Recent US developments in business and human rights

Authors: William L. Troutman, John J. Byron, Rita Astoor, Associate* Publication | January 2017
Recent US developments in business and human rights

In December 2016, the United States government deepened its commitment to business and human rights principles in two major ways. First, the administration issued a National Action Plan, or NAP, on business and human rights. The NAP outlines the government’s priorities in the business and human rights sphere and coordinates its efforts with the private and public sectors. Second, and independent of the NAP, Congress passed the Global Magnitsky Human Rights Accountability Act. The law authorizes visa bans and sanctions on foreign individuals found to have committed particular human rights violations worldwide.   While it is unclear how the Trump administration will implement and enforce these measures, they unquestionably promote business and human rights domestically and internationally.

The National Action Plan

The NAP is the government’s policy strategy for promoting conformity with the United Nations Guiding Principles on Business and Human Rights. The Guiding Principles address the human rights impact of business activity by providing mutually reinforcing principles for states, businesses, and stakeholders. In light of these goals, the NAP promotes responsible business conduct - the concept that businesses may still be competitive while doing good in society.   Responsible business conduct focuses on emphasizing the positive contributions businesses can make to progress in society, while also highlighting the importance of avoiding adverse impacts of business conduct, and addressing them when they occur.

The NAP describes the US government's current and future commitments to support responsible business conduct in five broad areas:

(1)  Leveraging its purchasing power and advocating for strong responsible business conduct practices worldwide within its own leadership,

(2)  Collaborating with stakeholders, including helping develop and/or participating in various multi-stakeholder initiatives,

(3)  Supporting companies to conduct human rights due diligence and reporting, particularly those operating in conflict areas,

(4)  Recognizing positive performance where it occurs, and

(5)  Supporting access to remedies, including supporting various domestic and international grievance mechanisms.

The NAP’s publication follows years of government engagement with the public and private sectors, as President Obama initially announced the administration’s commitment to develop the NAP in September 2014. With its release, the US became one of thirteen states to have launched a NAP on business and human rights. Twenty other states have either committed to, or are in the process of developing their own NAPs, increasing the momentum towards greater accountability for business conduct worldwide.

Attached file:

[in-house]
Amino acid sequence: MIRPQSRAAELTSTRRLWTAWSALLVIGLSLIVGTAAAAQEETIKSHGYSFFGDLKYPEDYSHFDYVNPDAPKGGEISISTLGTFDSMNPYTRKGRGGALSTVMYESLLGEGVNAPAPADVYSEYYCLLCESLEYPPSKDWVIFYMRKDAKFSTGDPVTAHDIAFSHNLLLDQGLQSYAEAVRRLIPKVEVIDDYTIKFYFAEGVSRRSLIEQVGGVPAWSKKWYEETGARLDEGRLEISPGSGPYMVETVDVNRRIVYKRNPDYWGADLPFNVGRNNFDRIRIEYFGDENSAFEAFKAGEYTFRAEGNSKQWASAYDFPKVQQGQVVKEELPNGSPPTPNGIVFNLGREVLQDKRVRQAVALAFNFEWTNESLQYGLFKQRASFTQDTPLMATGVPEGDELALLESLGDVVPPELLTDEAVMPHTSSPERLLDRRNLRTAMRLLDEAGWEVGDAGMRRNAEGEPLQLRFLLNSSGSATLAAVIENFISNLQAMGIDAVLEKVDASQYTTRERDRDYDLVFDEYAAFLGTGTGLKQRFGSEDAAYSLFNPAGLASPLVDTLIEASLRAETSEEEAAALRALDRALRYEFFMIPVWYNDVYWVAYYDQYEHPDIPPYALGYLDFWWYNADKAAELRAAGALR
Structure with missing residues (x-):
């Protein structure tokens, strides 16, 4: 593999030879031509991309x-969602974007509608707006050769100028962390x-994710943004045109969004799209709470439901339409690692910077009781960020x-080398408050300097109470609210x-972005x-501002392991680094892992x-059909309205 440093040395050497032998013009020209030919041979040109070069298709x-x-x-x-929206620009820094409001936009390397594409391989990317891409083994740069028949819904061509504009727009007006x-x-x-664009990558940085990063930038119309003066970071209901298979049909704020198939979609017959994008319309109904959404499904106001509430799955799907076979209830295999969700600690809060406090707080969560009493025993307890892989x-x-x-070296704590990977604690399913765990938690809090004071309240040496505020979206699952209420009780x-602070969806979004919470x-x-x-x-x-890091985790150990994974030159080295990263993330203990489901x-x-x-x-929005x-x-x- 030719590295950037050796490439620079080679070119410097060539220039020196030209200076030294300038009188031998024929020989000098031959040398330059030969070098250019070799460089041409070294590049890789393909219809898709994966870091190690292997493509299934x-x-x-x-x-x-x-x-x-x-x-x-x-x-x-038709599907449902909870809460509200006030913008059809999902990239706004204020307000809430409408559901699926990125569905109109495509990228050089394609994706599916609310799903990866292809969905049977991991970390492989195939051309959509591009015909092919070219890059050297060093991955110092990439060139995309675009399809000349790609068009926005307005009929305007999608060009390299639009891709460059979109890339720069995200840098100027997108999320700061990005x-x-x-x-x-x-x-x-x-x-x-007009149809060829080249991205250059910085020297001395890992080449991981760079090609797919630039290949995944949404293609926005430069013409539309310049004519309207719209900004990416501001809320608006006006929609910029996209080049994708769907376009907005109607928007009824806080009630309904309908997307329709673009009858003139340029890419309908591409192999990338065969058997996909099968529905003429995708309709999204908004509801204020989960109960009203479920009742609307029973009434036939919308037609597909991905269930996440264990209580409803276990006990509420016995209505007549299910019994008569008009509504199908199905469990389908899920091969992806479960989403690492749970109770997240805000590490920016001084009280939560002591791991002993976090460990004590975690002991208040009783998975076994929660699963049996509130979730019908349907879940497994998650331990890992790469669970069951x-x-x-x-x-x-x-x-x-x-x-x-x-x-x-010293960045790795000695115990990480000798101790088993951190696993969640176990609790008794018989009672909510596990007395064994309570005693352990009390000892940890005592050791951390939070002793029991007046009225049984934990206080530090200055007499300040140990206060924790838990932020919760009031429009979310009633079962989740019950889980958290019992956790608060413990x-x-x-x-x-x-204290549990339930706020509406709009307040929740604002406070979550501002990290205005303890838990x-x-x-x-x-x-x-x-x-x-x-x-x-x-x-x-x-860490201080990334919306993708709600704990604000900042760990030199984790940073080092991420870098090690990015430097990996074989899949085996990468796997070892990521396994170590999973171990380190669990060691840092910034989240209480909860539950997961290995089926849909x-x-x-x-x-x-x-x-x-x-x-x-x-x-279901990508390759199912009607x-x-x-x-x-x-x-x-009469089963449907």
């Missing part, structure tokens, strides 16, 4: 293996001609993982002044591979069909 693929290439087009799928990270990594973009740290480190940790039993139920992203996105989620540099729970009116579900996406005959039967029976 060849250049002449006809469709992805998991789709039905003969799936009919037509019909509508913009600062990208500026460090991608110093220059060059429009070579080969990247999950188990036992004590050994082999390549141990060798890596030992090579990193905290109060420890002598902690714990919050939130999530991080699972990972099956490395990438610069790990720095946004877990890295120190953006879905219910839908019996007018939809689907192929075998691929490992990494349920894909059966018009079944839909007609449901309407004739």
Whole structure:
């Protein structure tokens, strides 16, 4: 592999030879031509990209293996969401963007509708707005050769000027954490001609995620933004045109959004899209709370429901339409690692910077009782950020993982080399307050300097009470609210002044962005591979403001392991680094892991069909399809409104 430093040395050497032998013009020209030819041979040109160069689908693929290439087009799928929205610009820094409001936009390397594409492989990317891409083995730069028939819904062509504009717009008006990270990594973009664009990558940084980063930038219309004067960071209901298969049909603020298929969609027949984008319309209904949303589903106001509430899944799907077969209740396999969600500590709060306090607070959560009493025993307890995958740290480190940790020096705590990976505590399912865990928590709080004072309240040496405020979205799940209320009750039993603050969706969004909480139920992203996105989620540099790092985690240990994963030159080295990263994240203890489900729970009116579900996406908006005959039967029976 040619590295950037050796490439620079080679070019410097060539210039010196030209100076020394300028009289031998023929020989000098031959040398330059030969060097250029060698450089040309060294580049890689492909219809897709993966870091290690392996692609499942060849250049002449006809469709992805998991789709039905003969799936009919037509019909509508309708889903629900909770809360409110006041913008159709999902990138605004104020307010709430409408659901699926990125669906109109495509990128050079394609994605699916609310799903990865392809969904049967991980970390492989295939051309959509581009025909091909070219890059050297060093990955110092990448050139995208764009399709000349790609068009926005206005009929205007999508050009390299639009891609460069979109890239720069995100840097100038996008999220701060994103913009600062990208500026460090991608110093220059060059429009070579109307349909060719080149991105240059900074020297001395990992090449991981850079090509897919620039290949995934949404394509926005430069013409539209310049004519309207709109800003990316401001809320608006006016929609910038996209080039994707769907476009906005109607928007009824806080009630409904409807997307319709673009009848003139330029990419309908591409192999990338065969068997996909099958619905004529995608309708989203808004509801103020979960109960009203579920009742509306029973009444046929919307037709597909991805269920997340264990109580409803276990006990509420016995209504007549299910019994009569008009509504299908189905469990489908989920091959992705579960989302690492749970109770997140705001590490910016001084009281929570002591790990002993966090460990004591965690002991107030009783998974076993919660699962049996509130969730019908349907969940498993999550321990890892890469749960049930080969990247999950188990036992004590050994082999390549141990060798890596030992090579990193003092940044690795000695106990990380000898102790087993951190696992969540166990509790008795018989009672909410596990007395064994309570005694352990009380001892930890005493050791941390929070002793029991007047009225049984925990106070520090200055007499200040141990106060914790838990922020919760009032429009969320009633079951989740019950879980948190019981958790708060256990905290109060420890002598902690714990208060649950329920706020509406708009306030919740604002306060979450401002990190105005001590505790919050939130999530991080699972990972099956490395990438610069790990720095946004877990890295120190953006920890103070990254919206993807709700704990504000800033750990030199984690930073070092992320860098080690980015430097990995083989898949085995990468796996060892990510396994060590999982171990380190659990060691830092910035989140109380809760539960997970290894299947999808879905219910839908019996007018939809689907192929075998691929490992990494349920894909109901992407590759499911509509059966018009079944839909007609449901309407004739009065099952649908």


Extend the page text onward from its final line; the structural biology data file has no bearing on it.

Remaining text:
The Global Magnitsky Human Rights Accountability Act

Publication of the NAP coincided with Congress passing the Global Magnitsky Human Rights Accountability Act. The Act allows the President to deny US visas and freeze US assets of foreign individuals (including government officials) or entities found to have violated particular human rights or found to be corrupt. These include extrajudicial killings, torture, or other gross violations of human rights, as well as responsibility or complicity in acts of significant corruption. Passage of the Act now is significant, as a prior version of the bill approved in the Senate Foreign Relations Committee in June 2014 ultimately failed. While the sanctions do not provide full redress for the underlying violations, they create tangible mechanisms for the enforcement of human rights internationally.  

Both developments demonstrate the increasing engagement of the US government with business and human rights. Where the NAP outlines the government's strategy on business and human rights policy across multiple spheres, the Human Rights Accountability Act actually lends enforcement mechanisms to combat corruption. As the momentum toward the development of global business standards and access to remedies increases, businesses must increasingly pay closer attention to the human rights impact of their own business activity worldwide.

About our Business and Human Rights practice

Norton Rose Fulbright has a cross-jurisdictional team of lawyers that is dedicated to helping companies manage corporate social responsibility and address human rights concerns. This group monitors business and human rights legislative developments for companies on a global basis. If there are others in your organization who would like to receive these updates, we would be glad to include them on future updates.

*Law Clerk – not admitted to practice law in New York


Contacts

William L. Troutman

William L. Troutman

Los Angeles
John J. Byron

John J. Byron

Houston